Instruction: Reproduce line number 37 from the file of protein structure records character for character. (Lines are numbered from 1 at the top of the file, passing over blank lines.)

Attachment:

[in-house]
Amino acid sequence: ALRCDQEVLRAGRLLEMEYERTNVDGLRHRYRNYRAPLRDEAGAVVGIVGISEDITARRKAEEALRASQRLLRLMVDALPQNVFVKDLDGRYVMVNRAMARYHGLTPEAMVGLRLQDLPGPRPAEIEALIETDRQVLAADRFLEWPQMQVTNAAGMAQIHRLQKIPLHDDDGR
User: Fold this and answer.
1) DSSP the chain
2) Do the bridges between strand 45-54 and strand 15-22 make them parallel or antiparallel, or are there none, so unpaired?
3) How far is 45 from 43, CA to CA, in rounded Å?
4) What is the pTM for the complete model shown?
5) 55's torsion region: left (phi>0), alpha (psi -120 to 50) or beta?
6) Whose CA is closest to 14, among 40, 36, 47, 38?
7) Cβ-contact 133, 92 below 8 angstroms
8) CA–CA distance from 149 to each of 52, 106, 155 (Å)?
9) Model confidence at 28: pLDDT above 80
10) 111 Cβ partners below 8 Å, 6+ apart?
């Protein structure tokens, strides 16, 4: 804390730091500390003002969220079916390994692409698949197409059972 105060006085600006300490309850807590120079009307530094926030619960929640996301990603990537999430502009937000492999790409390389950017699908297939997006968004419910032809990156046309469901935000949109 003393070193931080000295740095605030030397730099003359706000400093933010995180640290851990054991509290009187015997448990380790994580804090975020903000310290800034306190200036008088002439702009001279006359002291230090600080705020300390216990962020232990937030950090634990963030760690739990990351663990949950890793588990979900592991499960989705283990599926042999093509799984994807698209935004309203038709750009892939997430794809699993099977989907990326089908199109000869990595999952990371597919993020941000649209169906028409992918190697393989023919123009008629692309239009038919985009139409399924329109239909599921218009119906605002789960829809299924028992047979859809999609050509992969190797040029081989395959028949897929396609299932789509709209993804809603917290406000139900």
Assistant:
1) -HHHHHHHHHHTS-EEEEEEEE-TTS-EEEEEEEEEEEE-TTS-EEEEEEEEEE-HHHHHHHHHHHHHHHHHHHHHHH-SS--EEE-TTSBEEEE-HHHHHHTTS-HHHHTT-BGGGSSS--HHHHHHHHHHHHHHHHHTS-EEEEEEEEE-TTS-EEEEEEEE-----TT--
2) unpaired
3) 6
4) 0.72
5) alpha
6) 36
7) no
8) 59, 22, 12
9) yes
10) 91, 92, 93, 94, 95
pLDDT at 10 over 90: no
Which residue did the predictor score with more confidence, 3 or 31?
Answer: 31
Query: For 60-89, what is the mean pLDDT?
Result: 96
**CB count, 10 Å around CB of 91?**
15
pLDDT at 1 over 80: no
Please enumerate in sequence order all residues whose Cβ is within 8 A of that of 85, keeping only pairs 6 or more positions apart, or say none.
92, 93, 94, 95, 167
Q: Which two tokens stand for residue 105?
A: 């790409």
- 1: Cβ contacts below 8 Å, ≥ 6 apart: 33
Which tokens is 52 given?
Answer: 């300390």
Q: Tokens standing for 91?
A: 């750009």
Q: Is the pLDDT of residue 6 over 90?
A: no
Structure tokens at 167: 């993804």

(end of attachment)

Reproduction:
A: 């790409």